Sue has posted a video of her explaining a bit about the concepts behind the book and what motivated her to reserch the idea. It’s a fascinating way of thinking and slightly at odds with those who enjoy the power of the binary opposires of science V nature, nature V cyberspace. Technology is here to stay, get used to it.

As Sue is also my sister – I am slightly biased. This is the first time we have worked together professionally (I did the black & white chapter headers, some shown in the video), so we’d love to hear what you think.

artists aren’t fundraisers

This is a repost of one I wrote sometime ago. It is helpful to revisit old posts now and again, and see how things change. This one possibly hasn’t!

ArtsAppeal Fundraising in the Arts and the Craft of Arts Management, has a new post in defence of the need for administrators. Some of the points raised are transferable to UK (it’s an American site), the most useful to me is the comment that “The key question you should be asking for everyone, yourself included, is does this person in this position create value in some way (freeing up resources of others, enhancing customer experiences, finding new revenue streams, etc.) above and beyond what they consume themselves.”

What is great about that question is that it doesn’t automatically associate the word ‘value’ with ‘income’. It puts people first, after all, it is people that make an organisation sink or swim, not the other way around. Relationships between people on the team, and how a front-facing organisation develops relationships with partners, markets and audiences is key to creating value for everyone involved in the process. Sink or swim – which takes me to waves……..

Last night on TV (BBC4) was a wonderful programme about waves (as in the sea). It talked about how waves are not banks of water, as we primarily see them to be, but are volumes of energy being carried through water, water is the medium. Likewise, would it be fair to suggest that a successful organisation comprises not of it’s building, it’s institution, it’s profile, but is a conduit for peoples energy, driving life forward? And when it hits the shore it crashes and has a huge impact – isn’t that what good art does to society? So the value can be measured in terms of energy, not financial gain. Or am I getting carried away on this wave of thought?

Not all art can be directly self-financing. Let’s not forget art practices that improve our life or wellbeing, that redistribute the energy – and indeed the economy – that was invested in it. They often create associated spend in terms of local businesses and accommodation etc. In our appeal to our government, and to the public, to continue to support the arts, we have to make them recognise and acknowledge the wider impact successful arts organisations can have on the economy. Look at St Ives – how has it changed since the Tate arrived? Anyone who visited before will be aware that the arrival of the Tate put a massive boost into the local economy.

And the energy is visible in the whole region, the cultural economy is continuing to develop, originally inspired by the St.Ives school of artists, carried on in Newlyn, Penzance, the energy continues to spread. All on the back of people with energy to share. Artists couldn’t do that alone, one drop in the ocean cannot create a wave.

(with apologies for resorting to watery metaphors and seaside towns!)

6 months of Flow and is it Flowing? yes, quite close to the slipstream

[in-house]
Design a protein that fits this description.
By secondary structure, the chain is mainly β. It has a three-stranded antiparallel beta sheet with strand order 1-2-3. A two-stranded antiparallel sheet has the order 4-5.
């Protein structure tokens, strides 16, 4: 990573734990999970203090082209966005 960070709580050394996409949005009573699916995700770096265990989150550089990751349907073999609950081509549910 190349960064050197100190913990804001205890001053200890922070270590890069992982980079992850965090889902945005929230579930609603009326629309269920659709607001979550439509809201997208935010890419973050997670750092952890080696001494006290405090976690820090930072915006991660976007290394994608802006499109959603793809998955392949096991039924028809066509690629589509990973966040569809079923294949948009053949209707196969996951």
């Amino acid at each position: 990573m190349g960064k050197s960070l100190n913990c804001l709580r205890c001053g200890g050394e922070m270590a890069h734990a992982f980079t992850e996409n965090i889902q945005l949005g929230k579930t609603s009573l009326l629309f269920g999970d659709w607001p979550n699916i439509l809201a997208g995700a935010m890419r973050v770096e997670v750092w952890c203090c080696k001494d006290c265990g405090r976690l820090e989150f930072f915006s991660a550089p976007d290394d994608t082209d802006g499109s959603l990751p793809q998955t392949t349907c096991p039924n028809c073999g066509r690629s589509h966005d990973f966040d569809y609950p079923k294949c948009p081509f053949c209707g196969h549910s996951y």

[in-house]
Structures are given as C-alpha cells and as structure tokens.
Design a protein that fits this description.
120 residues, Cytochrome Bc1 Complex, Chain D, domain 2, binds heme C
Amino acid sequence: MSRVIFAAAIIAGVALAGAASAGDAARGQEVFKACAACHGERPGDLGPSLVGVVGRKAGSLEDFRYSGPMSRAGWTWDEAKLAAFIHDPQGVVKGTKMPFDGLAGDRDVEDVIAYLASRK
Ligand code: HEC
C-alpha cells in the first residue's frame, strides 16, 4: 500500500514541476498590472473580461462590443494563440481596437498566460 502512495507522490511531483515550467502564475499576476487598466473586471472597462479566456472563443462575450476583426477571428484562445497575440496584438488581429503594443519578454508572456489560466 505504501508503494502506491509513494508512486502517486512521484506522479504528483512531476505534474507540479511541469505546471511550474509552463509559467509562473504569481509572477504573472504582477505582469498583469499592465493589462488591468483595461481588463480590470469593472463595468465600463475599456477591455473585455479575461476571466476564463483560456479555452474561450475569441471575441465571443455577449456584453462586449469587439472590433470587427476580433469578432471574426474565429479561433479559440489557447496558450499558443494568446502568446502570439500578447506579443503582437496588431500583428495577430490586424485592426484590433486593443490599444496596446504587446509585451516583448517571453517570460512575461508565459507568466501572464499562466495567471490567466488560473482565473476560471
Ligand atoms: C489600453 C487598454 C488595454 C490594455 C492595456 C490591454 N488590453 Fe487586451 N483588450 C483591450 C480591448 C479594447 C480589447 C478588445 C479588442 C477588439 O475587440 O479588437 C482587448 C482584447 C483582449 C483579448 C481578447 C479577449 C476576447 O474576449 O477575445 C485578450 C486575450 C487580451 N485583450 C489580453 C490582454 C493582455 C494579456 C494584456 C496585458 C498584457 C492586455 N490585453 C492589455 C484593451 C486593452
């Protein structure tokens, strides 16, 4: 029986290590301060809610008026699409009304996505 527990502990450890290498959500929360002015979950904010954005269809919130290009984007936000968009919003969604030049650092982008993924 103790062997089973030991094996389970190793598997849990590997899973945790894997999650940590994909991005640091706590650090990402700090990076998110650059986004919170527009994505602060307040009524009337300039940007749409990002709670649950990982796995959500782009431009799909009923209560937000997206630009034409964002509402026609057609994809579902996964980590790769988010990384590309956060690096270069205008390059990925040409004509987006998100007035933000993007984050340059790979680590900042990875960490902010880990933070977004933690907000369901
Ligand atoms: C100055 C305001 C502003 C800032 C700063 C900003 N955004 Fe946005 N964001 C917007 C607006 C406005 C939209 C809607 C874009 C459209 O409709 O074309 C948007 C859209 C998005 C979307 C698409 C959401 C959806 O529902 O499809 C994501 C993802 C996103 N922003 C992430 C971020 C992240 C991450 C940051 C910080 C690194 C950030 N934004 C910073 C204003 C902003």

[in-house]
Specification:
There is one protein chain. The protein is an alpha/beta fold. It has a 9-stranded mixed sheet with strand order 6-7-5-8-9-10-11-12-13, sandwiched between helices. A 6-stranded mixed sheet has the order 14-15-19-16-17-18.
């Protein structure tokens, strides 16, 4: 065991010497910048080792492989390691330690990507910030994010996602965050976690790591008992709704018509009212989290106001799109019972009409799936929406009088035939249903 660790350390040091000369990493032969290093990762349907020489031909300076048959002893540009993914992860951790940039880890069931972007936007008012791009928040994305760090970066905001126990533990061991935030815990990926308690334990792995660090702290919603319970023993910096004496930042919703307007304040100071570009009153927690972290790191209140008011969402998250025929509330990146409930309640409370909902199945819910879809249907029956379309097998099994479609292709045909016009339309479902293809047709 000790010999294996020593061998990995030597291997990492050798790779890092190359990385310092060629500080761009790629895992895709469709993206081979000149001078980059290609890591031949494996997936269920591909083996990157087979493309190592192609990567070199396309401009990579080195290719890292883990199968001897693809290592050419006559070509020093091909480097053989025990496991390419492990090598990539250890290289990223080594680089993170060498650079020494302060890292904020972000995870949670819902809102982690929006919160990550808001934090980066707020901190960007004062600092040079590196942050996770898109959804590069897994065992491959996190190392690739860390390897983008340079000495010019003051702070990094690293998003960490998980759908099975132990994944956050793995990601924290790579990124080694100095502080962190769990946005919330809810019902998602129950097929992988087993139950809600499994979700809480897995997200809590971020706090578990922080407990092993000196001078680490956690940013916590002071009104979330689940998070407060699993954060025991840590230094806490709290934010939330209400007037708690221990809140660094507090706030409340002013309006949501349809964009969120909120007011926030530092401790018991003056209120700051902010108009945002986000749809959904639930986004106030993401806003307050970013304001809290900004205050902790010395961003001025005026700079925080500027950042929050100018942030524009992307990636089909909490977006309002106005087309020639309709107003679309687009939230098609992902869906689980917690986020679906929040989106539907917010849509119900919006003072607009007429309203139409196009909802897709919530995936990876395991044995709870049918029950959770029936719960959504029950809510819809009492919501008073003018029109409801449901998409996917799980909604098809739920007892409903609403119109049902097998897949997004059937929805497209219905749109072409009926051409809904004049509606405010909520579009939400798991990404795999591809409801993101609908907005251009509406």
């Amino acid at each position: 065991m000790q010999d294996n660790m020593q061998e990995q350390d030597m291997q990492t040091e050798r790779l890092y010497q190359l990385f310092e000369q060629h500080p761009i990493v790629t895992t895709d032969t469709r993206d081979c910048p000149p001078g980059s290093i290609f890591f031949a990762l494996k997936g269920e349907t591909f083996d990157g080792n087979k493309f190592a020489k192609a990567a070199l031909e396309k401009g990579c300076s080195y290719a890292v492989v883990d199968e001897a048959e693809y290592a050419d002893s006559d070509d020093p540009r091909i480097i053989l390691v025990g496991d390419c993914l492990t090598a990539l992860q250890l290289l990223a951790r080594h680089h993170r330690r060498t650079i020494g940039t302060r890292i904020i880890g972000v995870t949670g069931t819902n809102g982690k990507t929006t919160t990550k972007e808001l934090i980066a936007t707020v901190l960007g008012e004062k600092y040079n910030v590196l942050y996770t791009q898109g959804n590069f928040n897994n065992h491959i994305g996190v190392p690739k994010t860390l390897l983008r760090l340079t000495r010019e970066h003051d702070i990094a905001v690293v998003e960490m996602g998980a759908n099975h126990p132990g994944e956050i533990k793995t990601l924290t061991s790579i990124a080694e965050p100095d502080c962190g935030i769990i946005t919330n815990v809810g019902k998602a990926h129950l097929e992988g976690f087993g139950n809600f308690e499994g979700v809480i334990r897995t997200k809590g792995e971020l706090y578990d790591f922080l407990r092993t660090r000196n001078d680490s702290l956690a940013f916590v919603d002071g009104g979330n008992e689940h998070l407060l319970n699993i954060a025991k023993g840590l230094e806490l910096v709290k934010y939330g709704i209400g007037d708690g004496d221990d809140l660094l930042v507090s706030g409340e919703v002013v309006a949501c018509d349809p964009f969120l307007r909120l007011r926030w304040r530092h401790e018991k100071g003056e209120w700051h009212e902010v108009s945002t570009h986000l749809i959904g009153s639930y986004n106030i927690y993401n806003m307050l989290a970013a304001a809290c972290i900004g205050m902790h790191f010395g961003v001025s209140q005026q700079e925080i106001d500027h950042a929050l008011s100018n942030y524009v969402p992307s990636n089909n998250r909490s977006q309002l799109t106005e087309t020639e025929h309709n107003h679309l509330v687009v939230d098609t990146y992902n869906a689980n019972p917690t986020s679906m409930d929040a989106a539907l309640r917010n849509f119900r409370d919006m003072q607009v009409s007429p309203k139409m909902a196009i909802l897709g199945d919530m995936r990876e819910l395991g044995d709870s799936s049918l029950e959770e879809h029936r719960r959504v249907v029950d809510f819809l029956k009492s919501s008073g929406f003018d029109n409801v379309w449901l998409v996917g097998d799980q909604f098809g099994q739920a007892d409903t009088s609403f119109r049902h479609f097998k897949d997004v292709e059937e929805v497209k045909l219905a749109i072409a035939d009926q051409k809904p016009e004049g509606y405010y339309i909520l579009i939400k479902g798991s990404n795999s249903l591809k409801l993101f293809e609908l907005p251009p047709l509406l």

In December 2012 I wrote the post below and yesterday, whilst looking for something else, I found it and re-read it. Interesting.

VASW is now doing all the things that were planned, some really good opportunities for artists under development and in action.

The keywords for Flow are still key for me:

Resilient within limits
Ability to change
All parts are equal (my italics made at the time)
Liminality is created – rich meeting place

I have been mentoring artists and aim to do more

I have fundraised for  Cabinet of Local Change project, commissioning Simon Ryder to create a  prototype cabinet, the final artwork is in production now

I have done a consultation with Canal & River Trust, Forestry Commission and National Trust and developing a project with them and supported by Lightsgoingon.

I am still getting older

I’m talking with new partners; I’ve written a programme of professional development modules for HE; I’ve completed a marketing training course and am in mid-leadership course at present; my e-book is in progress and my business plan being tidied up by my graphic designer. All is well.

It’s been an exciting 6 months and I look forward to those ahead!

Getting into the Flow – winter arriving, first frosts and stunning skylines, time to plan the future

Last week Visual Arts South West (VASW) hosted a meeting in Exeter to share what has been achieved in the last year – it’s looking good. You can follow them on Facebook here.

John Holden was the keynote speaker and inspired everyone with his talk about networks and how they can function usefully in the arts ecology.  I made  notes and often resorted to simply lists of words. Reflecting on my notes, I see this particular set are most relevant to the development of Flow Contemporary Arts. Flow is my new initiative that will offer two strands: one to deliver projects and the other to help others to do so.

The words I listed related to the concept of arts ecologies and were:

Resilient within limits
Ability to change
All parts are equal (my italics made at the time)
Liminality is created – rich meeting place

I love these words, I think them all the time, they are central to what Flow sets out to do and be. The cycles in Flow are indicated in the bidirectional arrows of the logo

Flow - Letterhead red (strip)

Resilient within limits: being realistic, these are difficult times.

Ability to change – always – constant reflection and revision, responsive actions whilst being clear of overall vision